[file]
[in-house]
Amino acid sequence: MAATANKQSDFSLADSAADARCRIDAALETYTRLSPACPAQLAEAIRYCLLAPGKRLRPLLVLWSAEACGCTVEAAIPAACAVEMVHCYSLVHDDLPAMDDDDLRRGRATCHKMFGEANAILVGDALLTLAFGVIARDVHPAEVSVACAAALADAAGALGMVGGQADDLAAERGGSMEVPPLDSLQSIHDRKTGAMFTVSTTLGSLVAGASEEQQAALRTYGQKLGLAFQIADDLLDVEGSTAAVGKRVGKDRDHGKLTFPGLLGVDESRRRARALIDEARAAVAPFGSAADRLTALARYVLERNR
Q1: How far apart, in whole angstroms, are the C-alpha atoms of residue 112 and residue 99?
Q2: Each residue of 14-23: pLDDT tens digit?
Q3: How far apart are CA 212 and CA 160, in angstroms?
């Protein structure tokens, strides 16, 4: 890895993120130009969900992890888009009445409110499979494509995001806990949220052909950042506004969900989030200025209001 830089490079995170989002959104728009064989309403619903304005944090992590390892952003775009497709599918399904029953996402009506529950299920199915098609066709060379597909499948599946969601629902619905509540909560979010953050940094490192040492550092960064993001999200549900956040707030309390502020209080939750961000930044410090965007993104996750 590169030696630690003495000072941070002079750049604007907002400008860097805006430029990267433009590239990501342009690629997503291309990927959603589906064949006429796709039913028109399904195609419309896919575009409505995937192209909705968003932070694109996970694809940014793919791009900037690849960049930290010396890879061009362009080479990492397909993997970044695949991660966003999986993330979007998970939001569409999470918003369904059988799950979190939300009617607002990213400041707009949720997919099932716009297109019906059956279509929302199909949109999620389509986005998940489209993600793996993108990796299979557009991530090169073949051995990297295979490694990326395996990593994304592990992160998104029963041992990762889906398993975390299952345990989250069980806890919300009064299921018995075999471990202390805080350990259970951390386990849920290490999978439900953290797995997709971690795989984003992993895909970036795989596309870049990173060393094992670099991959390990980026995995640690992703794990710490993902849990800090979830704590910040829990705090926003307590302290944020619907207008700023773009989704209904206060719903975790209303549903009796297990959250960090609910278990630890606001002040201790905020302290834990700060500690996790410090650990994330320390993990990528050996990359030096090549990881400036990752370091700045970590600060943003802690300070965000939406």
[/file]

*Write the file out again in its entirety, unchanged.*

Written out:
[in-house]
Amino acid sequence: MAATANKQSDFSLADSAADARCRIDAALETYTRLSPACPAQLAEAIRYCLLAPGKRLRPLLVLWSAEACGCTVEAAIPAACAVEMVHCYSLVHDDLPAMDDDDLRRGRATCHKMFGEANAILVGDALLTLAFGVIARDVHPAEVSVACAAALADAAGALGMVGGQADDLAAERGGSMEVPPLDSLQSIHDRKTGAMFTVSTTLGSLVAGASEEQQAALRTYGQKLGLAFQIADDLLDVEGSTAAVGKRVGKDRDHGKLTFPGLLGVDESRRRARALIDEARAAVAPFGSAADRLTALARYVLERNR
Q1: How far apart, in whole angstroms, are the C-alpha atoms of residue 112 and residue 99?
Q2: Each residue of 14-23: pLDDT tens digit?
Q3: How far apart are CA 212 and CA 160, in angstroms?
């Protein structure tokens, strides 16, 4: 890895993120130009969900992890888009009445409110499979494509995001806990949220052909950042506004969900989030200025209001 830089490079995170989002959104728009064989309403619903304005944090992590390892952003775009497709599918399904029953996402009506529950299920199915098609066709060379597909499948599946969601629902619905509540909560979010953050940094490192040492550092960064993001999200549900956040707030309390502020209080939750961000930044410090965007993104996750 590169030696630690003495000072941070002079750049604007907002400008860097805006430029990267433009590239990501342009690629997503291309990927959603589906064949006429796709039913028109399904195609419309896919575009409505995937192209909705968003932070694109996970694809940014793919791009900037690849960049930290010396890879061009362009080479990492397909993997970044695949991660966003999986993330979007998970939001569409999470918003369904059988799950979190939300009617607002990213400041707009949720997919099932716009297109019906059956279509929302199909949109999620389509986005998940489209993600793996993108990796299979557009991530090169073949051995990297295979490694990326395996990593994304592990992160998104029963041992990762889906398993975390299952345990989250069980806890919300009064299921018995075999471990202390805080350990259970951390386990849920290490999978439900953290797995997709971690795989984003992993895909970036795989596309870049990173060393094992670099991959390990980026995995640690992703794990710490993902849990800090979830704590910040829990705090926003307590302290944020619907207008700023773009989704209904206060719903975790209303549903009796297990959250960090609910278990630890606001002040201790905020302290834990700060500690996790410090650990994330320390993990990528050996990359030096090549990881400036990752370091700045970590600060943003802690300070965000939406």